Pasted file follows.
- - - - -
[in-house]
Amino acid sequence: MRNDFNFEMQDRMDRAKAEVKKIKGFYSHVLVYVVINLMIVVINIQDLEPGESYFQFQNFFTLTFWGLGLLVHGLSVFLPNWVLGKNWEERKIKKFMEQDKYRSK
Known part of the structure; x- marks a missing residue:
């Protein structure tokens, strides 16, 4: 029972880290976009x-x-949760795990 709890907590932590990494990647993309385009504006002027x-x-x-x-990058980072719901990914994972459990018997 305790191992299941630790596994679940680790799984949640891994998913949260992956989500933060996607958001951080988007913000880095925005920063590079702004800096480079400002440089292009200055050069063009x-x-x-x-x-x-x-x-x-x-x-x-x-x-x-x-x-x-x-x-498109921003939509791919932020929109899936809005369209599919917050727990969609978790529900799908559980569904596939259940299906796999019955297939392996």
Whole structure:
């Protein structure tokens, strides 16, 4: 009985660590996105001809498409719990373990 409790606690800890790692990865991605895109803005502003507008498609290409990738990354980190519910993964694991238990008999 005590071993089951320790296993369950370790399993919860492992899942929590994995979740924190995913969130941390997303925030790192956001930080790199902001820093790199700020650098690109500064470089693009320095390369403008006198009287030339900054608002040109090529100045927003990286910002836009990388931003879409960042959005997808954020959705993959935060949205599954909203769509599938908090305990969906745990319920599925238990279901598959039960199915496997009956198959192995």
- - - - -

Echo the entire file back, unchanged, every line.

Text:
[in-house]
Amino acid sequence: MRNDFNFEMQDRMDRAKAEVKKIKGFYSHVLVYVVINLMIVVINIQDLEPGESYFQFQNFFTLTFWGLGLLVHGLSVFLPNWVLGKNWEERKIKKFMEQDKYRSK
Known part of the structure; x- marks a missing residue:
């Protein structure tokens, strides 16, 4: 029972880290976009x-x-949760795990 709890907590932590990494990647993309385009504006002027x-x-x-x-990058980072719901990914994972459990018997 305790191992299941630790596994679940680790799984949640891994998913949260992956989500933060996607958001951080988007913000880095925005920063590079702004800096480079400002440089292009200055050069063009x-x-x-x-x-x-x-x-x-x-x-x-x-x-x-x-x-x-x-x-498109921003939509791919932020929109899936809005369209599919917050727990969609978790529900799908559980569904596939259940299906796999019955297939392996």
Whole structure:
């Protein structure tokens, strides 16, 4: 009985660590996105001809498409719990373990 409790606690800890790692990865991605895109803005502003507008498609290409990738990354980190519910993964694991238990008999 005590071993089951320790296993369950370790399993919860492992899942929590994995979740924190995913969130941390997303925030790192956001930080790199902001820093790199700020650098690109500064470089693009320095390369403008006198009287030339900054608002040109090529100045927003990286910002836009990388931003879409960042959005997808954020959705993959935060949205599954909203769509599938908090305990969906745990319920599925238990279901598959039960199915496997009956198959192995």